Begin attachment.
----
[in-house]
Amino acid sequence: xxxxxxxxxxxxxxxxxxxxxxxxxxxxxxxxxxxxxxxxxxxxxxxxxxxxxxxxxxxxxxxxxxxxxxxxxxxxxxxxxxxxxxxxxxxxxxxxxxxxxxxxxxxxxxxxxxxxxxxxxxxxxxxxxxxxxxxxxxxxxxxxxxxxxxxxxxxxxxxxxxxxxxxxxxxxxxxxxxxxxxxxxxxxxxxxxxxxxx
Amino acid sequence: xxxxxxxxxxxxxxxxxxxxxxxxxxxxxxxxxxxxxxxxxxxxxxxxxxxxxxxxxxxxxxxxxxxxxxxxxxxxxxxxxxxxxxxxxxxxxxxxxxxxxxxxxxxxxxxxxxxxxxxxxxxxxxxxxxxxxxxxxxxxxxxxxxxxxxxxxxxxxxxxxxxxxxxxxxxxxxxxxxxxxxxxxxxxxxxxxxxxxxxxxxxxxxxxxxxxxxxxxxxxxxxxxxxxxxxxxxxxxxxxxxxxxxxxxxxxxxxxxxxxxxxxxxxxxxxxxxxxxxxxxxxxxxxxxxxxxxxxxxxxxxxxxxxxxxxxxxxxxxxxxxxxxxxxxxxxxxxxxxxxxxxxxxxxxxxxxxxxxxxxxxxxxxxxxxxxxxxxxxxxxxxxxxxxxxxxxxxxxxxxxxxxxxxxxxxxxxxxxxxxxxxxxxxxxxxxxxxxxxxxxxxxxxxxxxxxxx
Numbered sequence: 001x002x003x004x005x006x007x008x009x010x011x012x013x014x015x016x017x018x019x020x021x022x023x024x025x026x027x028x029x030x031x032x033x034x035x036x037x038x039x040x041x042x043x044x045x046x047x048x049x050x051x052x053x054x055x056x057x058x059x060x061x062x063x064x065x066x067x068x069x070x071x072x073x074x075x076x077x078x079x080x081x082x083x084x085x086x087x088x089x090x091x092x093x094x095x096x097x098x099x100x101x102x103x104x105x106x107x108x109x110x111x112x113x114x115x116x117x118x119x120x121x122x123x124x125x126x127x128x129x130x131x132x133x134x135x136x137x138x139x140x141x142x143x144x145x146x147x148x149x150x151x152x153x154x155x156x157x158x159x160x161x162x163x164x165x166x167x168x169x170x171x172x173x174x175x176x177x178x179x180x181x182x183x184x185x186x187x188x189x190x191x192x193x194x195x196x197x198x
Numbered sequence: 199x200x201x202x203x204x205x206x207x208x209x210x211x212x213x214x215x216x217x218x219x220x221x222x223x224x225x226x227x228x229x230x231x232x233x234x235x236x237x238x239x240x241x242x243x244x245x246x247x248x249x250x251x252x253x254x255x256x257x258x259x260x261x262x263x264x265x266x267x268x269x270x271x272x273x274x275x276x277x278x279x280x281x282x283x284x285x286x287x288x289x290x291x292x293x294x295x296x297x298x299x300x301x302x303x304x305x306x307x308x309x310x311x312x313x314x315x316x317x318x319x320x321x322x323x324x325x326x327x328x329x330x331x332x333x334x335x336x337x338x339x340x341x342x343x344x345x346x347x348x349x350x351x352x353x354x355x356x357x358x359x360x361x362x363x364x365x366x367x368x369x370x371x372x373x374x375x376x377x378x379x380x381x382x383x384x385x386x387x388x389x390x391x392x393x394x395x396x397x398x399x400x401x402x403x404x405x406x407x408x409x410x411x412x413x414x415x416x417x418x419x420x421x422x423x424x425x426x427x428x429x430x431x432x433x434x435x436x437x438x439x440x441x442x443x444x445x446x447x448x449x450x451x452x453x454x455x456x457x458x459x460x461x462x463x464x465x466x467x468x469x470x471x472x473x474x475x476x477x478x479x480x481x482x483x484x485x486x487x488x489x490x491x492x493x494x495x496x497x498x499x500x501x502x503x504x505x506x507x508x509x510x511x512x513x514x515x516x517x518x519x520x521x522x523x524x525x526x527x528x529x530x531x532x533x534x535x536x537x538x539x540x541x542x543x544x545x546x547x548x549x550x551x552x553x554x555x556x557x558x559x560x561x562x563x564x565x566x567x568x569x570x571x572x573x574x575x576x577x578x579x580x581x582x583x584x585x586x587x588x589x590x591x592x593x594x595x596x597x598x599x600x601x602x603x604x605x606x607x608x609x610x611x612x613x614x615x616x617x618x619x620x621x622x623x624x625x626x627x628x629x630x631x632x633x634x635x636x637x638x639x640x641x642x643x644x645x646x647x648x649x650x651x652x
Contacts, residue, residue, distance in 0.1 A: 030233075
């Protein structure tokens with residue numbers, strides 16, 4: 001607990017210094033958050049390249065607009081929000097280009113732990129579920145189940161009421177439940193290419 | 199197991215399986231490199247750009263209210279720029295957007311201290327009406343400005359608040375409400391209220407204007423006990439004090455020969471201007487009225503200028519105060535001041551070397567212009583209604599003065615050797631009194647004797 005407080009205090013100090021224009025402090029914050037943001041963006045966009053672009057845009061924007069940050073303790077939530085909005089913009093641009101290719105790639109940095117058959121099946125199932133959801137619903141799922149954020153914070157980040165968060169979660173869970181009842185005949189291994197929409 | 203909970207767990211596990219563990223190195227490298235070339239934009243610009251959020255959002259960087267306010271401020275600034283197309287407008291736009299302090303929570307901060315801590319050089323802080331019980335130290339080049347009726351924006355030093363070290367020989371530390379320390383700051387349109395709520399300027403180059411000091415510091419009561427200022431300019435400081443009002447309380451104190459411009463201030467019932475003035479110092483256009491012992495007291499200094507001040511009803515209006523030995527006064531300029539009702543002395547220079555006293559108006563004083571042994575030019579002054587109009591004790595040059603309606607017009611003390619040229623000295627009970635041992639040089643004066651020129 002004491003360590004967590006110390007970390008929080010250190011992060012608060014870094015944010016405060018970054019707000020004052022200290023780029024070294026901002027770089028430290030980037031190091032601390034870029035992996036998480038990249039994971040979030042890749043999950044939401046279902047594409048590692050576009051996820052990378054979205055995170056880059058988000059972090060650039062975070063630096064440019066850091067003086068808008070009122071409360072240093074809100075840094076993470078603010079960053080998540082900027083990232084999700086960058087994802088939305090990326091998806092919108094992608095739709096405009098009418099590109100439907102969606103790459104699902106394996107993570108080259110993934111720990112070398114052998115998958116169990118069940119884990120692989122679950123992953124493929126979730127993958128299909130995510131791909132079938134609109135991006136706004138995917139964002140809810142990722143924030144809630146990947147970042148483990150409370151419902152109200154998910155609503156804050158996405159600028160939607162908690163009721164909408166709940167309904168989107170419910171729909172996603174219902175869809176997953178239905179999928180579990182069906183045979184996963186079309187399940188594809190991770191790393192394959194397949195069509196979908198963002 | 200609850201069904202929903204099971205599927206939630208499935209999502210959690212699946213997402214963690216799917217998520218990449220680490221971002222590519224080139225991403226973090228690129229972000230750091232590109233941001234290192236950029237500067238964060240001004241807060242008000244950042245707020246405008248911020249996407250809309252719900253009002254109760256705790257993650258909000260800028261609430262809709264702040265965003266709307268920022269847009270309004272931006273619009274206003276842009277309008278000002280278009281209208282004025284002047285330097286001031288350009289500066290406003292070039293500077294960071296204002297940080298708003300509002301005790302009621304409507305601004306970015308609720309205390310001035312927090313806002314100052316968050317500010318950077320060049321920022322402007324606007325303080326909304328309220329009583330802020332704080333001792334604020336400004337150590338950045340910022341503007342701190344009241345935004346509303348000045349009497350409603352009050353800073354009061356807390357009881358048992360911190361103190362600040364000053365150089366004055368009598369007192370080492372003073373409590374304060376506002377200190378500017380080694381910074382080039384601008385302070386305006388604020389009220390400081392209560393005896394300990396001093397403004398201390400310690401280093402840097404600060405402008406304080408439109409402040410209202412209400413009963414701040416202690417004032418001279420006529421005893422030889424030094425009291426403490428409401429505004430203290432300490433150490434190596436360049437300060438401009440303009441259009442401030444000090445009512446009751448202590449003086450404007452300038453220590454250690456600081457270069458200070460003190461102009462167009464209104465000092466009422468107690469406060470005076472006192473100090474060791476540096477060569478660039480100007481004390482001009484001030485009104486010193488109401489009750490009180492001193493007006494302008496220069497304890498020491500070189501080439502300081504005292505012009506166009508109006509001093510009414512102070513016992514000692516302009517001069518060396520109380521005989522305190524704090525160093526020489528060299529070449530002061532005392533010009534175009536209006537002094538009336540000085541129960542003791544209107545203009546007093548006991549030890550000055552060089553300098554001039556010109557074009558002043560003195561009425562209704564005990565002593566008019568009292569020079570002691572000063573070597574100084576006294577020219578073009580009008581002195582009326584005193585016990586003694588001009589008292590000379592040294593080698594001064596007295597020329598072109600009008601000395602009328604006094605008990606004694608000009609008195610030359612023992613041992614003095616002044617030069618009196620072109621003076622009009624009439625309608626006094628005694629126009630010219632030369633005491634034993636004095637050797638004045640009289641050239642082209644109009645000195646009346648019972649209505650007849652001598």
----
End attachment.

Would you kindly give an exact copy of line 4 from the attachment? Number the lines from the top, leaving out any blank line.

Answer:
Numbered sequence: 001x002x003x004x005x006x007x008x009x010x011x012x013x014x015x016x017x018x019x020x021x022x023x024x025x026x027x028x029x030x031x032x033x034x035x036x037x038x039x040x041x042x043x044x045x046x047x048x049x050x051x052x053x054x055x056x057x058x059x060x061x062x063x064x065x066x067x068x069x070x071x072x073x074x075x076x077x078x079x080x081x082x083x084x085x086x087x088x089x090x091x092x093x094x095x096x097x098x099x100x101x102x103x104x105x106x107x108x109x110x111x112x113x114x115x116x117x118x119x120x121x122x123x124x125x126x127x128x129x130x131x132x133x134x135x136x137x138x139x140x141x142x143x144x145x146x147x148x149x150x151x152x153x154x155x156x157x158x159x160x161x162x163x164x165x166x167x168x169x170x171x172x173x174x175x176x177x178x179x180x181x182x183x184x185x186x187x188x189x190x191x192x193x194x195x196x197x198x